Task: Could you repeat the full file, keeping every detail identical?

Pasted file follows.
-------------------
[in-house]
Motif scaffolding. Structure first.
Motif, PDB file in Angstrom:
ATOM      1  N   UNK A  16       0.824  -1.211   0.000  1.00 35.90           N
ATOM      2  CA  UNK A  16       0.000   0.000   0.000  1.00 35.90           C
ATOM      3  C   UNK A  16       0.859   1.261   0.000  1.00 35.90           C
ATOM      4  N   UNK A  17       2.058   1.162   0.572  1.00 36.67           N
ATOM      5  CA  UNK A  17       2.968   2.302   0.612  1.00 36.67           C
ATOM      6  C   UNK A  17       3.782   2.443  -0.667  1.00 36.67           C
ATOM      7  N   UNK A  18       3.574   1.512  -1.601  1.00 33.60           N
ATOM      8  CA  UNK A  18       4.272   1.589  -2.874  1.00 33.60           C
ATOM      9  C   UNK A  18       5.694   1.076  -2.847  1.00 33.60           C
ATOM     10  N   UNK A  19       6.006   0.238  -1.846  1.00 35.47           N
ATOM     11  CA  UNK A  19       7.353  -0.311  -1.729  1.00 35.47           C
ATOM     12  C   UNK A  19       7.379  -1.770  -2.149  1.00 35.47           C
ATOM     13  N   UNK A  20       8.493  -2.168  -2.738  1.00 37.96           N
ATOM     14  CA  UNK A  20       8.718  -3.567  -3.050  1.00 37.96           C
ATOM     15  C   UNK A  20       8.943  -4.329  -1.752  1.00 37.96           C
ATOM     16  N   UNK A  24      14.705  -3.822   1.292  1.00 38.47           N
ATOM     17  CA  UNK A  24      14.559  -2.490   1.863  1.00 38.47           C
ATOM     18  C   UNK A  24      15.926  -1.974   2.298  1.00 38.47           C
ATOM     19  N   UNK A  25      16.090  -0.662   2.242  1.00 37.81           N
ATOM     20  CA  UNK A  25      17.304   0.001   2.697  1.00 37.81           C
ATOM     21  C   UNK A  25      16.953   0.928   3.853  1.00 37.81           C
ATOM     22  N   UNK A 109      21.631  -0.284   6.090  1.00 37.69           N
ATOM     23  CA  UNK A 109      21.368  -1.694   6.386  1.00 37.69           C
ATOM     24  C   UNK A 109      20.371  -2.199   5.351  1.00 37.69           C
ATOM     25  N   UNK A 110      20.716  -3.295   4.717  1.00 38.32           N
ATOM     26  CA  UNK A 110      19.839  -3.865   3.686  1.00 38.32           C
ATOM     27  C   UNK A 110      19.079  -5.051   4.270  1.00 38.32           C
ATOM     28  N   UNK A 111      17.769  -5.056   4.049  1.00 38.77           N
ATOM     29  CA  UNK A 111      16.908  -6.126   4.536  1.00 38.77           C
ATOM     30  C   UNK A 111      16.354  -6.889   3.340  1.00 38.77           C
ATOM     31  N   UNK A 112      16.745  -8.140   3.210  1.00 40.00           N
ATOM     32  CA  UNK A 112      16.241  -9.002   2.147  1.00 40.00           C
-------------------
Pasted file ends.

[in-house]
Motif scaffolding. Structure first.
Motif, PDB file in Angstrom:
ATOM      1  N   UNK A  16       0.824  -1.211   0.000  1.00 35.90           N
ATOM      2  CA  UNK A  16       0.000   0.000   0.000  1.00 35.90           C
ATOM      3  C   UNK A  16       0.859   1.261   0.000  1.00 35.90           C
ATOM      4  N   UNK A  17       2.058   1.162   0.572  1.00 36.67           N
ATOM      5  CA  UNK A  17       2.968   2.302   0.612  1.00 36.67           C
ATOM      6  C   UNK A  17       3.782   2.443  -0.667  1.00 36.67           C
ATOM      7  N   UNK A  18       3.574   1.512  -1.601  1.00 33.60           N
ATOM      8  CA  UNK A  18       4.272   1.589  -2.874  1.00 33.60           C
ATOM      9  C   UNK A  18       5.694   1.076  -2.847  1.00 33.60           C
ATOM     10  N   UNK A  19       6.006   0.238  -1.846  1.00 35.47           N
ATOM     11  CA  UNK A  19       7.353  -0.311  -1.729  1.00 35.47           C
ATOM     12  C   UNK A  19       7.379  -1.770  -2.149  1.00 35.47           C
ATOM     13  N   UNK A  20       8.493  -2.168  -2.738  1.00 37.96           N
ATOM     14  CA  UNK A  20       8.718  -3.567  -3.050  1.00 37.96           C
ATOM     15  C   UNK A  20       8.943  -4.329  -1.752  1.00 37.96           C
ATOM     16  N   UNK A  24      14.705  -3.822   1.292  1.00 38.47           N
ATOM     17  CA  UNK A  24      14.559  -2.490   1.863  1.00 38.47           C
ATOM     18  C   UNK A  24      15.926  -1.974   2.298  1.00 38.47           C
ATOM     19  N   UNK A  25      16.090  -0.662   2.242  1.00 37.81           N
ATOM     20  CA  UNK A  25      17.304   0.001   2.697  1.00 37.81           C
ATOM     21  C   UNK A  25      16.953   0.928   3.853  1.00 37.81           C
ATOM     22  N   UNK A 109      21.631  -0.284   6.090  1.00 37.69           N
ATOM     23  CA  UNK A 109      21.368  -1.694   6.386  1.00 37.69           C
ATOM     24  C   UNK A 109      20.371  -2.199   5.351  1.00 37.69           C
ATOM     25  N   UNK A 110      20.716  -3.295   4.717  1.00 38.32           N
ATOM     26  CA  UNK A 110      19.839  -3.865   3.686  1.00 38.32           C
ATOM     27  C   UNK A 110      19.079  -5.051   4.270  1.00 38.32           C
ATOM     28  N   UNK A 111      17.769  -5.056   4.049  1.00 38.77           N
ATOM     29  CA  UNK A 111      16.908  -6.126   4.536  1.00 38.77           C
ATOM     30  C   UNK A 111      16.354  -6.889   3.340  1.00 38.77           C
ATOM     31  N   UNK A 112      16.745  -8.140   3.210  1.00 40.00           N
ATOM     32  CA  UNK A 112      16.241  -9.002   2.147  1.00 40.00           C